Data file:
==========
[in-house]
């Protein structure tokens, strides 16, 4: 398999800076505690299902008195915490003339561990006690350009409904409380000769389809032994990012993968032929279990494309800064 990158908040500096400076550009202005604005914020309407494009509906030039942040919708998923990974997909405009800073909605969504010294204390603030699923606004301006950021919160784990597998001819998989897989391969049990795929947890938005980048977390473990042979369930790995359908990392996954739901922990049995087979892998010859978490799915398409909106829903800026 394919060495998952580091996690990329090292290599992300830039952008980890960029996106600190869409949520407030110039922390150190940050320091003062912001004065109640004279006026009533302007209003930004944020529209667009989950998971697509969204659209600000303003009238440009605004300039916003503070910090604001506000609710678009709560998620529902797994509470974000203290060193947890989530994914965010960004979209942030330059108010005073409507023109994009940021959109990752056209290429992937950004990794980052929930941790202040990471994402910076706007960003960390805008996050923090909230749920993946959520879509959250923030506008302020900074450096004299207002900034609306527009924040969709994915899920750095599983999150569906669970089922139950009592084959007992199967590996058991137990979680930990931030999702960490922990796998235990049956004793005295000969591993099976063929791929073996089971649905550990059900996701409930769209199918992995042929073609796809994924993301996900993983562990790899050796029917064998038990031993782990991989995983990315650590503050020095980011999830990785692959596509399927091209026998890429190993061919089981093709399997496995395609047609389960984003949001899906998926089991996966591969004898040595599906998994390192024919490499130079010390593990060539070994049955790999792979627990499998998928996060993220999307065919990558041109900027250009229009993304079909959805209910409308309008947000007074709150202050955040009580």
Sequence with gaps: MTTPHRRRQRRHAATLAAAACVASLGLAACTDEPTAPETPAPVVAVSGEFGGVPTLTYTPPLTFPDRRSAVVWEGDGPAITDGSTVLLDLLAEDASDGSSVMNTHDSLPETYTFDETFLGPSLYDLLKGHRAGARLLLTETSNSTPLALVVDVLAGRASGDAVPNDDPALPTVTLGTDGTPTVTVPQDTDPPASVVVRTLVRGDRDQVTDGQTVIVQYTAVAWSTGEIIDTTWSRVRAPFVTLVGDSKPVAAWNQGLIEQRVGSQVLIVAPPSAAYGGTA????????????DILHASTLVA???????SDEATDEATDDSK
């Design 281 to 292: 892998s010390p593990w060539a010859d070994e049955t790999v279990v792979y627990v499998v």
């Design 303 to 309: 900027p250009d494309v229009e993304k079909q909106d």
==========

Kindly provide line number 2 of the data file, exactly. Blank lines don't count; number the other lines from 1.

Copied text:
């Protein structure tokens, strides 16, 4: 398999800076505690299902008195915490003339561990006690350009409904409380000769389809032994990012993968032929279990494309800064 990158908040500096400076550009202005604005914020309407494009509906030039942040919708998923990974997909405009800073909605969504010294204390603030699923606004301006950021919160784990597998001819998989897989391969049990795929947890938005980048977390473990042979369930790995359908990392996954739901922990049995087979892998010859978490799915398409909106829903800026 394919060495998952580091996690990329090292290599992300830039952008980890960029996106600190869409949520407030110039922390150190940050320091003062912001004065109640004279006026009533302007209003930004944020529209667009989950998971697509969204659209600000303003009238440009605004300039916003503070910090604001506000609710678009709560998620529902797994509470974000203290060193947890989530994914965010960004979209942030330059108010005073409507023109994009940021959109990752056209290429992937950004990794980052929930941790202040990471994402910076706007960003960390805008996050923090909230749920993946959520879509959250923030506008302020900074450096004299207002900034609306527009924040969709994915899920750095599983999150569906669970089922139950009592084959007992199967590996058991137990979680930990931030999702960490922990796998235990049956004793005295000969591993099976063929791929073996089971649905550990059900996701409930769209199918992995042929073609796809994924993301996900993983562990790899050796029917064998038990031993782990991989995983990315650590503050020095980011999830990785692959596509399927091209026998890429190993061919089981093709399997496995395609047609389960984003949001899906998926089991996966591969004898040595599906998994390192024919490499130079010390593990060539070994049955790999792979627990499998998928996060993220999307065919990558041109900027250009229009993304079909959805209910409308309008947000007074709150202050955040009580």